Microsoft has revealed that the next version of Internet Explorer Mobile will only be released on new models. There will be no official way for current users to get this upgrade.
This new version of the default Windows Mobile web browser was announced last spring, and Microsoft promised to introduce it before the end of this year. Which it is, but only on a few devices as they launch.
The news that users are expected to buy a new smartphone or handheld in order to get Internet Explorer Mobile 6 came from a member of the Windows Mobile team on this group's official blog:
Regarding making IE Mobile available as a separate download or update, the rich media experiences that IE Mobile 6 enables require more powerful, advanced devices. That is why it will not be available as an upgrade or direct download for current phones, but rather will be made available on new phones.
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By the end of this month, Xbox 360 will reach another industry-defining milestone: 25 million Xbox 360 consoles sold worldwide. It has taken the leading next-generation game and entertainment console just three years to eclipse the total lifetime number of original Xbox consoles sold.
“The future of home entertainment is Xbox 360 — it’s on-demand, it’s high-definition, it’s always social, it’s all in one place,” said Don Mattrick, senior vice president for the Interactive Entertainment Business at Microsoft Corp. “With the New Xbox Experience, we will reach the next generation of Xbox owners, 25 million and beyond. We are at a watershed moment, backed by the largest entertainment brands, with an incredible lineup of entertainment unmatched in any industry.”
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The team has been doing a little extra work heading into the holiday season; in fact this week is a busy one. You are going to see some pretty cool things coming for Zune that we thinks you'll enjoy…Aside from the sweet Common commercial – Afrika Bambaataa!
Starting today, Zune gets a little update which will bring a handful of free games, a refresh to Zune Social and incremental improvements to the software.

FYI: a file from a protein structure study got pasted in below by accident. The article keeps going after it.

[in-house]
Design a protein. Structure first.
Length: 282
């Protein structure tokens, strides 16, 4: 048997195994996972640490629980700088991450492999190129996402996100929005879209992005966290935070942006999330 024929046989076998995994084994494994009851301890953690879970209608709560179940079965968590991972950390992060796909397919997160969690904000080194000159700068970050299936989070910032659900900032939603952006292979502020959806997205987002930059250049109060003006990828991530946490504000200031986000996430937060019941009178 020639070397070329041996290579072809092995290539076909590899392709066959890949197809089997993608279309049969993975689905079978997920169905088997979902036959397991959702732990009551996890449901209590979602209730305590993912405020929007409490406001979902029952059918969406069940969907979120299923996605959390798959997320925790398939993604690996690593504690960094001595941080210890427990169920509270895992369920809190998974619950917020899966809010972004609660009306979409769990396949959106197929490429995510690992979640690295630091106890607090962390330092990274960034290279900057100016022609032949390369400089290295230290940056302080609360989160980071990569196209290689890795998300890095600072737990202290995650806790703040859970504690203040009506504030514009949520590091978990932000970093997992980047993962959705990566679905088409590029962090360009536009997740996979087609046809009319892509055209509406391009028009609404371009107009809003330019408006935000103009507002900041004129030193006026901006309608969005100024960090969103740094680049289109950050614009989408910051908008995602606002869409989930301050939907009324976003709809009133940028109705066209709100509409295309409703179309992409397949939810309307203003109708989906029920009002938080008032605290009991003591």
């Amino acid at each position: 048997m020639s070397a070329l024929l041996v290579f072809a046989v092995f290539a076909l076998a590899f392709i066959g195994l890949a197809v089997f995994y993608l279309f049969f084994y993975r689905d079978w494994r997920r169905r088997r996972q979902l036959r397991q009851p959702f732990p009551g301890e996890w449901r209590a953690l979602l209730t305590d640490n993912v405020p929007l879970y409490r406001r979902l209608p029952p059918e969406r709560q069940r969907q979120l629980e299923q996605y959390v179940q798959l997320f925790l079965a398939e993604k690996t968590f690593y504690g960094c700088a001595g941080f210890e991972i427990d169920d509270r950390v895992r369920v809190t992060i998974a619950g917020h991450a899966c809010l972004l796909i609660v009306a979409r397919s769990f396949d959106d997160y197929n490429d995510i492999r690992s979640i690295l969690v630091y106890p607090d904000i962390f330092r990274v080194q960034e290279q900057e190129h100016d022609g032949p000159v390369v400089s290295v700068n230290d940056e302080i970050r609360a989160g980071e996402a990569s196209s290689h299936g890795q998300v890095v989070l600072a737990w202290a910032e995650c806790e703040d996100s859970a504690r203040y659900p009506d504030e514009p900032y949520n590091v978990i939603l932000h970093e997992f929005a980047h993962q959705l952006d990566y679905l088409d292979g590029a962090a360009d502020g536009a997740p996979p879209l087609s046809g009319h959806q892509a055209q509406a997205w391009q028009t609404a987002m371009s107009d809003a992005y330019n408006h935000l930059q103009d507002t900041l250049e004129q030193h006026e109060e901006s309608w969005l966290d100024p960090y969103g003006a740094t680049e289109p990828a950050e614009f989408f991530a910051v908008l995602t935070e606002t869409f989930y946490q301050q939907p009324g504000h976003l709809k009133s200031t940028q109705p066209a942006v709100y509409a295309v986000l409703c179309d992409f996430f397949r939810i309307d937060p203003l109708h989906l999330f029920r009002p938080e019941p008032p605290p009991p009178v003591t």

On the games front, we are giving away three new additions, Checkers, Sudoku and Space Battle, plus a new multiplayer mode and single player difficulty levels for Texas Hold’em.
The team also did some great work the Zune Social visual refresh to make it easier to navigate, as well as adding a new feature called “like minded listeners,” which will let you see how compatible your music tastes are with other listeners and friends.
On the more techie side we focused on improving overall stability and performance in the Zune PC software and device firmware, such as improved play count reporting and content synchronization between the Zune software and the Zune device.
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Today at the Supercomputing 2008 conference, Microsoft Corp. debuted in the top 10 of the world's most powerful supercomputers with Shanghai Supercomputer Center and Dawning Information Industry Co. Ltd., which ranked at No. 10 with 180.6 teraflops, the parallel computing speed, and 77.5 percent efficiency. A truly incredible achievement considering that 12 months ago in Reno, Nevada, Microsoft was at 116 on the Top500 list at Top500.org. This is on the heels of Windows HPC Server 2008 releasing to the manufacturing industry in September.
Reduces costs and complexity of high-performance computing